deliberate destruction of cultural heritage constitutes a war crime, and I call on all political and religious leaders in the region to stand up against this new barbarity,” she said on Friday.
Unesco has called for tougher action to protect the many heritage sites in one of the cradles of civilisation, but little can be done in areas under Jihadist control.
The destruction was met with condemnation and sadness on Baghdad’s Mutanabi Street, a favourite haunt of Iraqi intellectuals.
“After they killed the human spirit, they began killing civilisation,” Ibrahim Dawood, a writer and poet, said of IS.
Grand Ayatollah Ali al-Sistani, Iraq’s top cleric who is revered by millions, sharply criticised IS’s targeting of the Mosul museum and archaeological sites.
It demonstrates “their savagery and their barbarism and their hostility to the Iraqi people”, Sistani’s representative said on his behalf at weekly Friday prayers in Karbala.
IS tries to justify the destruction by saying the statues are idolatrous, but experts say the Jihadists traffic antiquities to fund their self-proclaimed “caliphate” and destroy only those pieces that are too bulky to be smuggled.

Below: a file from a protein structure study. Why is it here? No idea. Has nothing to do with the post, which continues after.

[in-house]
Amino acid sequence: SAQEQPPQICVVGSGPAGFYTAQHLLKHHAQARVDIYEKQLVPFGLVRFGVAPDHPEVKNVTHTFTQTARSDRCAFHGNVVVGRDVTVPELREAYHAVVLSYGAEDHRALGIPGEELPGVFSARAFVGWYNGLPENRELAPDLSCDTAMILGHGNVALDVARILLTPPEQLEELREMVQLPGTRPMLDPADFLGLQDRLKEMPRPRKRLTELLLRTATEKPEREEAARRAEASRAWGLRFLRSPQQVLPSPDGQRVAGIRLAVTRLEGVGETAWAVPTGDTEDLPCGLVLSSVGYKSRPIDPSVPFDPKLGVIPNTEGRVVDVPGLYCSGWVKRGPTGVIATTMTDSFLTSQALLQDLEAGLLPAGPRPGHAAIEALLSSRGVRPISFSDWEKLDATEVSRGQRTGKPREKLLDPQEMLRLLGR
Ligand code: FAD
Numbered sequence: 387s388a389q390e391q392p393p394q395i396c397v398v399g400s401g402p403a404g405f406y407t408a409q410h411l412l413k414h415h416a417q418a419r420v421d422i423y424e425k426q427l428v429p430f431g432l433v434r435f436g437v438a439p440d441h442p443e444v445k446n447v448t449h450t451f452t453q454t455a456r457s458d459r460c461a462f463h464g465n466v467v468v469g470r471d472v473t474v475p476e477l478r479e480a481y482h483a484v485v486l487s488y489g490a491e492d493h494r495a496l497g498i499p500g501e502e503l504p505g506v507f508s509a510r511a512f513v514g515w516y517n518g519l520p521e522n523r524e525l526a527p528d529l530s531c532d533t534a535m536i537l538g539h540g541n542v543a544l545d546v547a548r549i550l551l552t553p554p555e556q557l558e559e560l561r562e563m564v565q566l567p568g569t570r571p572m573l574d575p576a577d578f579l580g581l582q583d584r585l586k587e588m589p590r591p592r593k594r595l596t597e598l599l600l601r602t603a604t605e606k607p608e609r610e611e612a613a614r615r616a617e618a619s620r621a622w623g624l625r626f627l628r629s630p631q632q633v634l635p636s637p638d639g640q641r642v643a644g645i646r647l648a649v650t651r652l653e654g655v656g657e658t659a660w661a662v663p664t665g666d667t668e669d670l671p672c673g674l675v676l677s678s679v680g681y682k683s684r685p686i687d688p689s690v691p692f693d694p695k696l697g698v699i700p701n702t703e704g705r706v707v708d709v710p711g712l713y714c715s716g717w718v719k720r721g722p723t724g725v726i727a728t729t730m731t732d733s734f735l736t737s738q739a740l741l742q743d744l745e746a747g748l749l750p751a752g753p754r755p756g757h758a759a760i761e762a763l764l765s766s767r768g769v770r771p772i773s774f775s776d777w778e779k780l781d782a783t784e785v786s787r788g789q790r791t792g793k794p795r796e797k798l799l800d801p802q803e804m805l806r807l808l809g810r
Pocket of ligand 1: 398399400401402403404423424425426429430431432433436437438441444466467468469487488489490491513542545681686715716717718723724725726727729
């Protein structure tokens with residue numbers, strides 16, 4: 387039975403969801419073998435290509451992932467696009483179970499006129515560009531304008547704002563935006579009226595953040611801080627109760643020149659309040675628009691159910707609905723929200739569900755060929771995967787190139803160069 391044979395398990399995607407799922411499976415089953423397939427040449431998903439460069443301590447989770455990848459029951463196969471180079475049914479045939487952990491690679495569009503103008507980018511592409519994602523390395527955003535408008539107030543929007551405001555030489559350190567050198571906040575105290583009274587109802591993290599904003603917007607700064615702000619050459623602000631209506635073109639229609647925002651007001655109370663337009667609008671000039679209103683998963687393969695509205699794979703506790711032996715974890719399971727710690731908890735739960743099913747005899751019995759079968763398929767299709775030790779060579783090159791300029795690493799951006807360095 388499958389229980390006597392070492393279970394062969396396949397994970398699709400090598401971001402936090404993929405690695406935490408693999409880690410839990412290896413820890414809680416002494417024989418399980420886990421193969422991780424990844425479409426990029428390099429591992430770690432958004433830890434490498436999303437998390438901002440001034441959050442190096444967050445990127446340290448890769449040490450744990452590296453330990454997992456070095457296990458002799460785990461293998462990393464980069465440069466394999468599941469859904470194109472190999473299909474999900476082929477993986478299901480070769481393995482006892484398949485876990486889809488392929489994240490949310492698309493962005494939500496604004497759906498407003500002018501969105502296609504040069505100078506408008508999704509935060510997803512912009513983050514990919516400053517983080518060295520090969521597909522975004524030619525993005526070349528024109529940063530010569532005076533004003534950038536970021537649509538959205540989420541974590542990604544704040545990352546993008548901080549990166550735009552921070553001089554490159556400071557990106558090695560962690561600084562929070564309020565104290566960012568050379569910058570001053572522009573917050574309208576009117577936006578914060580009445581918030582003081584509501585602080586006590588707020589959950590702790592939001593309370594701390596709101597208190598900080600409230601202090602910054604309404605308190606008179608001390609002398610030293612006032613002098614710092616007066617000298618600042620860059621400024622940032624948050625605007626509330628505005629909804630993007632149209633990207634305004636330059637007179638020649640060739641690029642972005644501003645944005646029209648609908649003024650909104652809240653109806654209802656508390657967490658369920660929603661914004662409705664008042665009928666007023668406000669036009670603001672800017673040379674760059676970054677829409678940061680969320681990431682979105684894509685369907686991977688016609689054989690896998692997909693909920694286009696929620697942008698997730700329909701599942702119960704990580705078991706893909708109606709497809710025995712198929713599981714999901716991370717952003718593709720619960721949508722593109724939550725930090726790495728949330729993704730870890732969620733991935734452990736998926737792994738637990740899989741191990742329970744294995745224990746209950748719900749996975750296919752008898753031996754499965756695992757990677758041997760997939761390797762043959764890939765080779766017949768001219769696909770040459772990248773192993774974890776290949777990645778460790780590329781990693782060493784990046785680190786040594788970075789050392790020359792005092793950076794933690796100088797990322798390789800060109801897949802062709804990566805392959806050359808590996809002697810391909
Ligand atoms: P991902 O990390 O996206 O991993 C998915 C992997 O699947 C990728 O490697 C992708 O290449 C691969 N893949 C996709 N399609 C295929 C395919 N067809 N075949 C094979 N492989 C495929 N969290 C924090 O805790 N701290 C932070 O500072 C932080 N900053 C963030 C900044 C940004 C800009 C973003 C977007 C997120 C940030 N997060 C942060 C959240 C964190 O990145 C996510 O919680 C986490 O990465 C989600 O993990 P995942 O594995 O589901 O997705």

Stuart Gibson, a Unesco expert on museums, said pressure from the international community would have little effect on IS.
“We have also traditionally called upon the peoples of the region to recognise the irreplaceable value and cultural necessity in protecting their cultural heritage,” he said.
“Unfortunately today the people in the region are exhausted and terrified. The remainder of us can only stand on the outside looking on in absolute despair.”
IS still controls large parts of northern and western Iraq, but has been losing ground under mounting military pressure from Iraqi federal and Kurdish forces backed by a US-led coalition and by Iran.
Baghdad launched a huge offensive on Monday to retake the city of Tikrit, in what commanders have said was a stepping stone toward an even larger operation to free Mosul.
Since they swept through Iraq’s heartland last June, IS militants have destroyed a long list of religious and heritage sites, including churches and shrines.
Most of Nimrud’s priceless artefacts had long been moved to museums, in Mosul, Baghdad, Paris, London and elsewhere, but some giant “lamassu” statues of winged bulls and reliefs were still on site.
“My guess is that what they destroyed was probably the modern reconstruction of the palace walls” dating back to the 1960s, said Eleanor Robson, professor of ancient near eastern history at University College London, while still unequivocally condemning the attack. “So it’s probably not as horrendous as it sounds,” she said. “There’s a lot more underneath.”
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